Month: March 2020

Where Exactly Do You Live?


This may seem to be an unimportant question, but for federal jurisdiction it may make all the difference. In the case of Eberle v. Overdrive, Inc., No. 19-cv-466-jdp (W.D. Wisconsin January 28, 2020), the plaintiff filed suit against a former employer in Wisconsin state court. Overdrive sought to move the case to Ohio based on a forum clause. In response Eberle filed an affidavit that stated that he was a long-term resident of Wisconsin with deep ties to the state. Overdrive then removed the case to federal court. Eberle then moved to remand and filed a new affidavit that he was a citizen of Ohio and was raising children there. The court held an evidentiary hearing and determined that Eberle was, in fact, a citizen of Ohio and dismissed the case because both litigants were citizens of Ohio.

The more important question was: would Eberle face consequences for filing an affidavit in Wisconsin that contradicted the affidavit he later filed in federal court?

Sadly, Eberle did not face any adverse consequences because the arguably problematic affidavit was filed in the state court, not the federal court. The court held that Eberle would not be sanctioned. The explanation:

At the hearing, the court expressed concern that Eberle’s state-court affidavit regarding his ties to Wisconsin had been misleading. The affidavit portrayed Eberle as a current Wisconsin resident who stood to be inconvenienced by any transfer of his case to Ohio. See, e.g., Dkt. 1-3, at 11 (“I am a longtime resident of Wisconsin, having been born and raised here, and lived here most of my adult life. Until Defendant hired me in 2017, I lived in Gleason, Wisconsin where I have been residing since 2008.”); id. at 12 (“I still maintain a residence at W1446 Bear Trail Road, Gleason, WI 54435. I filed my taxes earlier this year as a Wisconsin resident.”). After the hearing, the court ordered Eberle to show cause why he should not be sanctioned under Federal Rule of Civil Procedure 11(c)(3).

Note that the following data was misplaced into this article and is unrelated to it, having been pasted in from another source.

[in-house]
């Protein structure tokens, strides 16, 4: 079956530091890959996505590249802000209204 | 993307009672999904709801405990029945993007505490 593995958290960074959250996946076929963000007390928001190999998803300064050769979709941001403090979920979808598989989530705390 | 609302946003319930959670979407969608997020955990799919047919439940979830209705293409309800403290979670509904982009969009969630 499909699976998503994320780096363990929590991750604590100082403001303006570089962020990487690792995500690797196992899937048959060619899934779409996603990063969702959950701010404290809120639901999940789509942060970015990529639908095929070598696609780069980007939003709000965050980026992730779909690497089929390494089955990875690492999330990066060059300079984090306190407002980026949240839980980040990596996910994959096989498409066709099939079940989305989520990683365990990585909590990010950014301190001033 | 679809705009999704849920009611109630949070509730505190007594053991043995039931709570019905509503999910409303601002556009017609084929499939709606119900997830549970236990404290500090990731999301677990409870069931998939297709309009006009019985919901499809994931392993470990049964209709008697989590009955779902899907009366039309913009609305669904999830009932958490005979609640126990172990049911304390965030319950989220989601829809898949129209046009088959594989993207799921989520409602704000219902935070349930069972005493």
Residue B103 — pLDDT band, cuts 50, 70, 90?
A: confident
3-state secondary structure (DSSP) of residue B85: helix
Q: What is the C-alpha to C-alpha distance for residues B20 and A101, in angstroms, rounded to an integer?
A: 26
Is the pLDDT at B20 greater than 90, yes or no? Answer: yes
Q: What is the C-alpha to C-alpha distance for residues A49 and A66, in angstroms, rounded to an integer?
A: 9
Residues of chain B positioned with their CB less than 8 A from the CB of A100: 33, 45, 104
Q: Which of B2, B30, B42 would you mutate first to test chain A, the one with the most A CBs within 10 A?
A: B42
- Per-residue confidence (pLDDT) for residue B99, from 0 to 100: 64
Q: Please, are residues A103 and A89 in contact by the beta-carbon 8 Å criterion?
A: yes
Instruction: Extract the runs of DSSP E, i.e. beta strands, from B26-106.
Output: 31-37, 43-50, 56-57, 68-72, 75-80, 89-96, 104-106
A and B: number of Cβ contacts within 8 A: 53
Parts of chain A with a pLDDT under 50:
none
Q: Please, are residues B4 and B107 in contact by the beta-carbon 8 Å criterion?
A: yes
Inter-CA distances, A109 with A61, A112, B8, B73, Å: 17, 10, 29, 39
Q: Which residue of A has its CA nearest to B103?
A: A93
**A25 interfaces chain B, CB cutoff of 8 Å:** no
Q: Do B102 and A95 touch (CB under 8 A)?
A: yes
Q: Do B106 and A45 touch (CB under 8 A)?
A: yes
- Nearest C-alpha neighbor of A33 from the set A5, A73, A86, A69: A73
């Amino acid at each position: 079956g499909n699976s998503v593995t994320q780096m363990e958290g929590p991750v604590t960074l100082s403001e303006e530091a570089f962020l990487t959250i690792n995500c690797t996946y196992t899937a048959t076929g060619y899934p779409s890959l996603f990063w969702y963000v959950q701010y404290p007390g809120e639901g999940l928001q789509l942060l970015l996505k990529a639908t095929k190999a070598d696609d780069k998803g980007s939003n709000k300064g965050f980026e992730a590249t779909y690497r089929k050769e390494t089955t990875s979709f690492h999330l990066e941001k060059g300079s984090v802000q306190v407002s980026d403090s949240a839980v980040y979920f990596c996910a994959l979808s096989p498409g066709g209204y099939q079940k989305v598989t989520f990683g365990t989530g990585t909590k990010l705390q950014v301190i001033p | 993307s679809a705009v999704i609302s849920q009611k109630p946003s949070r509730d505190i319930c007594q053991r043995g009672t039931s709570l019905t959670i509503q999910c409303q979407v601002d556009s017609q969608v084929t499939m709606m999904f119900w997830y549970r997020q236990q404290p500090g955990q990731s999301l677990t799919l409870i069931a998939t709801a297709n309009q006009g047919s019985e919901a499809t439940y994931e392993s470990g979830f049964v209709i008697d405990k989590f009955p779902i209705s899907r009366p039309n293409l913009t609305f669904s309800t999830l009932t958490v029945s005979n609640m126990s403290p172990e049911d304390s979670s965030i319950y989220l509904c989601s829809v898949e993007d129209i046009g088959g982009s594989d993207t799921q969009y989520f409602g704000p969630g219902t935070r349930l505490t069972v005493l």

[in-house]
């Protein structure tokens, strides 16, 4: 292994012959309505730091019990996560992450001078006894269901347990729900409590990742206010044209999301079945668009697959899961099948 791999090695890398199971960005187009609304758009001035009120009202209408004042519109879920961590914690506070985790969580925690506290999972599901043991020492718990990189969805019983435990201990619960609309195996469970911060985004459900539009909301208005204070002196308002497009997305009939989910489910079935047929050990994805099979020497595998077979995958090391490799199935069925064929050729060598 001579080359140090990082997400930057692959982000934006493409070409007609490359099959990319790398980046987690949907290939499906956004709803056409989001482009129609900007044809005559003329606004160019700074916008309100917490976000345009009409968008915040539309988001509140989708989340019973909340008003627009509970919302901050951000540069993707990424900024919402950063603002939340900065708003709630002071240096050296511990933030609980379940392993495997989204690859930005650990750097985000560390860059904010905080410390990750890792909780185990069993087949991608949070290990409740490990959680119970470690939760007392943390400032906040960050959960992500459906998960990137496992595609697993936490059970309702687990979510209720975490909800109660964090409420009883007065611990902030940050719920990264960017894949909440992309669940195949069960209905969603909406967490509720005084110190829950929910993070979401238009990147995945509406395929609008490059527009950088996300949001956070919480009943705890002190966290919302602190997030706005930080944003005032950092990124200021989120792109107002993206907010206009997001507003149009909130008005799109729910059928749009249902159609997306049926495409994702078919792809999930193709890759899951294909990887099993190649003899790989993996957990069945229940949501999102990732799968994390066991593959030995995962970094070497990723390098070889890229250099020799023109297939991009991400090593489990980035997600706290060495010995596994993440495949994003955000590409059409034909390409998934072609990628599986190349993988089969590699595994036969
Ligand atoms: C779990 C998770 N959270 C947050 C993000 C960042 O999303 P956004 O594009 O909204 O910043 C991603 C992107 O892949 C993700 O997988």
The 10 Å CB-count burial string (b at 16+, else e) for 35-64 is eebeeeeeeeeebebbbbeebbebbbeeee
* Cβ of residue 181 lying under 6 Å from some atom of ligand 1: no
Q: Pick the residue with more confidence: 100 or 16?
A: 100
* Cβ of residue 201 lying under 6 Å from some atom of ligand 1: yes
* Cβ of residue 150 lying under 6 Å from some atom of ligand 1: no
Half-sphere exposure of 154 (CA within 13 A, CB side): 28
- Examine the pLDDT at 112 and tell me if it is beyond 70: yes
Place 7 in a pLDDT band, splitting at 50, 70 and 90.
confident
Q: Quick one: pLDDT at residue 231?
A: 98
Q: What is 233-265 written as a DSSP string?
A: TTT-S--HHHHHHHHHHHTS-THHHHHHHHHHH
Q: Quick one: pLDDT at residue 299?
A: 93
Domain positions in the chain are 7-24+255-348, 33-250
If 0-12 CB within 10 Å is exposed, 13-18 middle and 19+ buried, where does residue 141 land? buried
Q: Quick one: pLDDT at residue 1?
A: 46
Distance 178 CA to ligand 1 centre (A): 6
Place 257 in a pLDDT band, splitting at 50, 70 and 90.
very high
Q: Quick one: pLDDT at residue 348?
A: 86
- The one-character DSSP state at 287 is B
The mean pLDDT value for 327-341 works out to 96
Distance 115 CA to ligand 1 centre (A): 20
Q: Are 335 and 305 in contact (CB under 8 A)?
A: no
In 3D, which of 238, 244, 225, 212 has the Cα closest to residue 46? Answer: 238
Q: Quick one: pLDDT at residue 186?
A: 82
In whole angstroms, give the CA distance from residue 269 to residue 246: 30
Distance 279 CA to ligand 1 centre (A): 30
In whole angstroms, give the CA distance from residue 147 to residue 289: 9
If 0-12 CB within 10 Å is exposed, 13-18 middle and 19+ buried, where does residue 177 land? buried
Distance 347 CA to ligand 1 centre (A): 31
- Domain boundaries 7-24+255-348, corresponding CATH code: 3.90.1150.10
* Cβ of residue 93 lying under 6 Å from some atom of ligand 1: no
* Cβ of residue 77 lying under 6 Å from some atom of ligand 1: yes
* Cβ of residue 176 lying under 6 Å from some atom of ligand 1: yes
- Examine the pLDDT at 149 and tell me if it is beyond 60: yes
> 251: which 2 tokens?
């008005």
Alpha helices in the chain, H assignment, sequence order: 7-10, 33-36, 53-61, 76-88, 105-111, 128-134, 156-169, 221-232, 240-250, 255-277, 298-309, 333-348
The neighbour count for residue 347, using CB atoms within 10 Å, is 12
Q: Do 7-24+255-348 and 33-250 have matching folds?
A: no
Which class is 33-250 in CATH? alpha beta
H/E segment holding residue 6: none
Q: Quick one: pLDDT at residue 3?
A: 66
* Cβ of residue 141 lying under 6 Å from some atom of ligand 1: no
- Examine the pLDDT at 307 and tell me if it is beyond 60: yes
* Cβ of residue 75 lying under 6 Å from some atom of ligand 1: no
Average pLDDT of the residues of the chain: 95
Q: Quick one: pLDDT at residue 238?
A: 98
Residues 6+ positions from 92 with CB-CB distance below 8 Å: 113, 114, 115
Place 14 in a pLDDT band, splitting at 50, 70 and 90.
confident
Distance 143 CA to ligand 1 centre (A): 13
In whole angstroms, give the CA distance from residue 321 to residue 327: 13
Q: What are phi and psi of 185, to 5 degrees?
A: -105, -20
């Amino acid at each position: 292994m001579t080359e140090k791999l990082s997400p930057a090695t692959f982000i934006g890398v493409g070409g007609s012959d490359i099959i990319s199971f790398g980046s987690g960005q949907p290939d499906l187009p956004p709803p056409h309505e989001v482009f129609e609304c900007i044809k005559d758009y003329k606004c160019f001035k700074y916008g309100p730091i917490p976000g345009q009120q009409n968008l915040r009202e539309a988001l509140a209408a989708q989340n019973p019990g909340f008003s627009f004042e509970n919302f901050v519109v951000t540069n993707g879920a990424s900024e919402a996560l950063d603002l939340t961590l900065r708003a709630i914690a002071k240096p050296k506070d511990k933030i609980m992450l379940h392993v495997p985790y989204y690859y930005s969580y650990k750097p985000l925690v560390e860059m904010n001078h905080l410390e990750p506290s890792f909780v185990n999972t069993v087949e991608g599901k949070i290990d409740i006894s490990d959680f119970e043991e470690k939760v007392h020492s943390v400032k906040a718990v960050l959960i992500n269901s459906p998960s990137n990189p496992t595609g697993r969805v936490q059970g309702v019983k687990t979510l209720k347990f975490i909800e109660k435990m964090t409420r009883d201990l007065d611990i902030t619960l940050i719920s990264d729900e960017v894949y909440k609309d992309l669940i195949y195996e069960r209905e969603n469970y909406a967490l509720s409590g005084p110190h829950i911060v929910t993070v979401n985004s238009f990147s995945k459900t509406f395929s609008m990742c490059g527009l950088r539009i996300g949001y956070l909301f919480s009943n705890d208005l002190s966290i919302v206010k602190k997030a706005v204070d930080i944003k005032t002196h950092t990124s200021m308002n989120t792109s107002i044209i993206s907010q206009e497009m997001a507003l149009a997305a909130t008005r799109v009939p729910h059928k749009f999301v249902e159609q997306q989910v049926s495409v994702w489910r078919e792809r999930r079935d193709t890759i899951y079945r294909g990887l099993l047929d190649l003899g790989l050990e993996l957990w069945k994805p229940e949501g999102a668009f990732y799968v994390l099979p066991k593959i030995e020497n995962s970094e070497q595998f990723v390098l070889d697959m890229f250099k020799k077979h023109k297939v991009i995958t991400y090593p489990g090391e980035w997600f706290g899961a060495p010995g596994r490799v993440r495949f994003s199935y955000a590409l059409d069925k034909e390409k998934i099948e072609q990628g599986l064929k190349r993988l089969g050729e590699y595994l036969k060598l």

Eberle contends that all his statements were and are factually accurate. That’s not true in every detail: as of the date of the affidavit, May 24, 2019, he had not yet filed his taxes for the year. But the main problem is not affirmative false statements; it is that Eberle intentionally omitted material facts. Eberle failed to disclose in state court that he had been a nearly fulltime resident of Ohio since 2017, that he had moved his family there, continued to work there, and intended to remain there permanently. It is inconceivable that Eberle was unaware of these facts, or that he and his counsel did not realize that these facts were highly material to Overdrive’s motion to stay the state case in favor of litigation in Ohio.

The court will decline to impose sanctions under Rule 11, but not because Eberle’s statements are factually accurate. The court would impose sanctions under Rule 11 for intentional material omissions in an appropriate case. But Eberle’s intentional material omissions related to statements made to the state court, not to this court. If Eberle had relied on his state-court affidavit in advocating for remand, I would consider Rule 11 sanctions for his counsel. See Fed. R. Civ. P. 11 advisory committee’s note to 1993 amendment (“[I]f after a notice of removal is filed, a party urges in federal court the allegation of a pleading filed in state court ([including] in disputes regarding removal or remand), it would be viewed as `presenting’—and hence certifying to the district court under Rule 11—those allegations.”). As it stands, I have found that Eberle was honest with this court; it was the state court whose dignity was insulted by the material omissions that made Eberle’s state-court submissions so misleading.